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Connecticut plans to give black communities priority in legalized marijuana industry 


Connecticut is moving ahead with an initiative to prioritize black and brown communities in the distribution of business licenses for recreational marijuana, which state leaders say will help remedy historic injustices.

Governor Ned Lamont, a Democrat, on Thursday convened the first meeting of the state’s Social Equity Council, which will help decide who can take part in the bonanza of legal weed.

Connecticut last month became the 19th state to legalize recreational marijuana, with sales set to begin next July, and the new law mandates steps to prioritize communities that were hardest hit by the war on drugs.

‘We’ll finally have, within the community of black and brown, a way to wealth creation. I think this is the opportunity to truly see the 40-acres and a mule of our ancestors,’ said Joseph Williams, UConn Small Business Development Center, at the council’s first meeting, WTNH-TV reported.

Connecticut’s Social Equity Council met on Thursday to begin setting rules for who will take precedence in licensing for newly legalized recreational marijuana

Governor Ned Lamont, a Democrat, vowed to 'break down barriers for a lot of Black & Brown folks who have traditionally, and unfairly, not been given a seat at the table'

Governor Ned Lamont, a Democrat, vowed to ‘break down barriers for a lot of Black & Brown folks who have traditionally, and unfairly, not been given a seat at the table’

A map shows the 'disproportionately impacted communities' in Connecticut that were approved by the Social Equity Council for priority in marijuana dispensary licenses

A map shows the ‘disproportionately impacted communities’ in Connecticut that were approved by the Social Equity Council for priority in marijuana dispensary licenses

40 Acres and a Mule: Abraham Lincoln’s promise to former slaves 

The concept of ’40 acres and a mule’ dates back to the U.S. Civil War, when land was proposed as a form of reparations to freed former slaves.

In January 1865, Union general William T. Sherman issued his Special Field Order No. 15, which confiscated 400,000 acres of coastline stretching from Charleston, South Carolina, to the St. John’s River in Florida.

Sherman acted under the authority of President Abraham Lincoln, after consulting with Secretary of War Edwin M. Stanton and leading members of the black community.  

The seized land, which included Georgia’s Sea Islands and the mainland thirty miles in from the coast, was to be distributed to former slaves at up to 40 acres per family.

An illustration in Harper's Weekly depicts the Freedmen's Bureau, which was tasked with administering the land grants before the plan was overturned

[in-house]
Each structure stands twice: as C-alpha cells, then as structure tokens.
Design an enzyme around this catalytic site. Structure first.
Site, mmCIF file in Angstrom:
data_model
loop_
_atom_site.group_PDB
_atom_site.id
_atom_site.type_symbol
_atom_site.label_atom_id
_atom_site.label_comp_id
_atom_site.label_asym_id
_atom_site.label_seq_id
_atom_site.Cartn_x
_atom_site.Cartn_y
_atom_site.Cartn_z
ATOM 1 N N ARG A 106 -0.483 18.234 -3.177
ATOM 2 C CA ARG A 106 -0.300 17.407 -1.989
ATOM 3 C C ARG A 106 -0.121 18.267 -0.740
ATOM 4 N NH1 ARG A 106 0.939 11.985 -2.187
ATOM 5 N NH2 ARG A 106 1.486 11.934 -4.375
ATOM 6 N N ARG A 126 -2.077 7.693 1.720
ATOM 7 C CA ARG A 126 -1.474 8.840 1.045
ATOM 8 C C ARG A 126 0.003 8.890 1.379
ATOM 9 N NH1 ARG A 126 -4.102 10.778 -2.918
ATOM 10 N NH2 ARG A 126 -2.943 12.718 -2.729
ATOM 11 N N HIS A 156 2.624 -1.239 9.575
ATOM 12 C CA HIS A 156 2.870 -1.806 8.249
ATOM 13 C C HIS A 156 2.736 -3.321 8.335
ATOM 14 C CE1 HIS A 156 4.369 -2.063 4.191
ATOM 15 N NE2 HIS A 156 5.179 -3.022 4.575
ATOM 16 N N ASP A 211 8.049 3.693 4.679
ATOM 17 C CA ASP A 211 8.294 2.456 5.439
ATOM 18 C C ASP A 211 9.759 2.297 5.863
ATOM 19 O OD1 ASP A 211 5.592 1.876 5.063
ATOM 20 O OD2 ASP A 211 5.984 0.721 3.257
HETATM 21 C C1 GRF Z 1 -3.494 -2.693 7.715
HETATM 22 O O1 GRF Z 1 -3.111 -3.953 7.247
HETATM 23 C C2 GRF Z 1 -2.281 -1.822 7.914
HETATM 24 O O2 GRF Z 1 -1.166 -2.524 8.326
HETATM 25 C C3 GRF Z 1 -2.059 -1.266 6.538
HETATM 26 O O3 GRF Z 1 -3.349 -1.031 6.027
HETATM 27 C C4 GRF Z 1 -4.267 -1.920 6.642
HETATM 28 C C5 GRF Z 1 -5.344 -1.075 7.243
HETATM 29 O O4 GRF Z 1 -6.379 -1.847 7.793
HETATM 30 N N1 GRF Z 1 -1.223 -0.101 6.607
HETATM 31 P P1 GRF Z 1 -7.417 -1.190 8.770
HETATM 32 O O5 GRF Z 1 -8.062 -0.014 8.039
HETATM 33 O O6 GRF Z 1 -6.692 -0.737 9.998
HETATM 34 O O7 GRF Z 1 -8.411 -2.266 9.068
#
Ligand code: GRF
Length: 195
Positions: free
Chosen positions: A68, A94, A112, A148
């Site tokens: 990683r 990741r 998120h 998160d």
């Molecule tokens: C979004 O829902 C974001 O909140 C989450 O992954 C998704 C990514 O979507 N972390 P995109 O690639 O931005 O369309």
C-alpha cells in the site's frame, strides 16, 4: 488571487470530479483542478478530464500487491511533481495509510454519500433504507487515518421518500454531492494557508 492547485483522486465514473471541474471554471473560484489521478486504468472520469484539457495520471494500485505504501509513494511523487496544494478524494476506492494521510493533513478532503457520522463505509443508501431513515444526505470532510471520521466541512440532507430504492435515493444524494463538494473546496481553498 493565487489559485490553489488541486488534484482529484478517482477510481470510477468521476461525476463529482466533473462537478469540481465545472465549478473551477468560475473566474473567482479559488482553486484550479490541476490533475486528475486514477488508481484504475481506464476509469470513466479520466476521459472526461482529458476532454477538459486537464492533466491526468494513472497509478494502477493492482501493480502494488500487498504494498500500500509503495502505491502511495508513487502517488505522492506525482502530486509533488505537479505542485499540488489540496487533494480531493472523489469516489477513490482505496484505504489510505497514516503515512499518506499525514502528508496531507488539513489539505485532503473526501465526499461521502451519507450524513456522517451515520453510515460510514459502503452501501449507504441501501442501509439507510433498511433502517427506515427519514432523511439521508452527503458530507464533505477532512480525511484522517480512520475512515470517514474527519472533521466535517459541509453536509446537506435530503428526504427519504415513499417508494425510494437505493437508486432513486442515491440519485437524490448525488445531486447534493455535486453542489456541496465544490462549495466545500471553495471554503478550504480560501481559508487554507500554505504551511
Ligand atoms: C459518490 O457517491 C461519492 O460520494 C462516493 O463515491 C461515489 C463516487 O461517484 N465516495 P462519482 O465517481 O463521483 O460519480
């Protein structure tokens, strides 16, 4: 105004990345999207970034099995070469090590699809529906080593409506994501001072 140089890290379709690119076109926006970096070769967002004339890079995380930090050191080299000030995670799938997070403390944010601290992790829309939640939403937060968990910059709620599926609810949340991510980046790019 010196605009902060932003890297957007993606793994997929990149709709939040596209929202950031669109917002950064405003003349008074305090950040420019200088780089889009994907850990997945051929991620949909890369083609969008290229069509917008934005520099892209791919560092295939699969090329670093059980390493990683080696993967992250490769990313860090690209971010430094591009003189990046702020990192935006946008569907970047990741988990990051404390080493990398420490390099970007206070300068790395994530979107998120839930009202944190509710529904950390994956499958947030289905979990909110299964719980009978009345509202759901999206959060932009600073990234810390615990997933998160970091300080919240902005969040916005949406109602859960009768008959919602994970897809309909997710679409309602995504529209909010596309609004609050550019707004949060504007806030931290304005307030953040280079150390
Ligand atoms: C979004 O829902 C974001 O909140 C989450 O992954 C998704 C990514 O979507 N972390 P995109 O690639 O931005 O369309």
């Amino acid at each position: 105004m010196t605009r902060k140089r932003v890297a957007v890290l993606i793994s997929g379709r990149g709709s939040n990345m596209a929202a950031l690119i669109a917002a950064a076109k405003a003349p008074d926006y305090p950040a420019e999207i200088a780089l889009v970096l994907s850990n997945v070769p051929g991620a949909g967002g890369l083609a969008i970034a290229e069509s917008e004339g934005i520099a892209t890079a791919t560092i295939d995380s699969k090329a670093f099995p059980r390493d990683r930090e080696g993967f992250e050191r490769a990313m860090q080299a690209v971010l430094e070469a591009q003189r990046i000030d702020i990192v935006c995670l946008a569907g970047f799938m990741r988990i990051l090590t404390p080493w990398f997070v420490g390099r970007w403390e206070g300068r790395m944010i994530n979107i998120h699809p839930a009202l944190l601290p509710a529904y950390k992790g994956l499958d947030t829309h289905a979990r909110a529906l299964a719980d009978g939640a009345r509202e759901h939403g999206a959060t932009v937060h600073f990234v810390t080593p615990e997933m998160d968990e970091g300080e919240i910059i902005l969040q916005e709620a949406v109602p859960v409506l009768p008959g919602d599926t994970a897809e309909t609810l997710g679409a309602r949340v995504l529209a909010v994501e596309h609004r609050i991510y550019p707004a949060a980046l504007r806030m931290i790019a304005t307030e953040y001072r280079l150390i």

An illustration in Harper’s Weekly depicts the Freedmen’s Bureau, which was tasked with administering the land grants before the plan was overturned

The order did not make reference to mules, but Sherman later authorized the Army to lend mules to the freedmen, giving rise to the concept.

Sherman’s order went on to specify that ‘on the islands, and in the settlements hereafter to be established, no white person whatever, unless military officers and soldiers detailed for duty, will be permitted to reside’ and added that ‘the sole and exclusive management of affairs will be left to the freed people themselves.’

The plan was short-lived, however. In the fall of 1865, after the war had ended and President Lincoln had been assassinated, President Andrew Johnson overturned Sherman’s order.

Johnson, a Democrat who was sympathetic to the South, returned most of the land to the Southern planters it had been confiscated from.

Though the original 40 acres and a mule plan did not deliver any benefits to black former slaves, it has served to inspire many calls for reparations through the years. 

The phrase ’40 acres and a mule’ refers to proposals following the U.S. Civil War to give land to freed slaves as a form of reparations. Such a program was implemented under President Abraham Lincoln but overturned by his successor Andrew Johnson.

In Connecticut, the goal of the Social Equity Council is to ensure that some of the economic benefits of legal weed go to communities disproportionately impacted by weed prohibition.

‘I grew up in one of those disproportionately impacted areas. Drugs have ravaged my family. Affected me personally. I could have been easily swallowed up myself,’ Avery Gaddis, a member of the council, told WVIT-TV

At Thursday’s meeting, the council approved a map that designates 215 census tracks as ‘disproportionately impacted areas’ that will receive priority in the licensing process.

Together, the tracts account for 23 percent of Connecticut’s population, but are responsible for 67 percent of historical drug convictions.